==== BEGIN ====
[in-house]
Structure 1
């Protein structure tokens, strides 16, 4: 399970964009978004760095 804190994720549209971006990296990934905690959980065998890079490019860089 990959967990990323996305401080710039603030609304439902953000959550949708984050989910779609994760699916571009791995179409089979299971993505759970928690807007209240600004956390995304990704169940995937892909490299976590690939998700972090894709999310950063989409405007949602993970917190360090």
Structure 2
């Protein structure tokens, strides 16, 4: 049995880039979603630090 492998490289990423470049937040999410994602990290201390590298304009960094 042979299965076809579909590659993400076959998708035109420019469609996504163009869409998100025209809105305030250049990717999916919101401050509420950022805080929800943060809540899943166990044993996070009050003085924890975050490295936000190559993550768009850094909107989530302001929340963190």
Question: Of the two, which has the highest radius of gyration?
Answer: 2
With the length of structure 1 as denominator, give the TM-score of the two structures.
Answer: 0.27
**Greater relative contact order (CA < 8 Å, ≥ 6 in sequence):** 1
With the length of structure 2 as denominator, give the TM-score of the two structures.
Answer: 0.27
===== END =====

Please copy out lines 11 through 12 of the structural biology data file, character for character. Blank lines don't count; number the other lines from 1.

With the length of structure 2 as denominator, give the TM-score of the two structures.
Answer: 0.27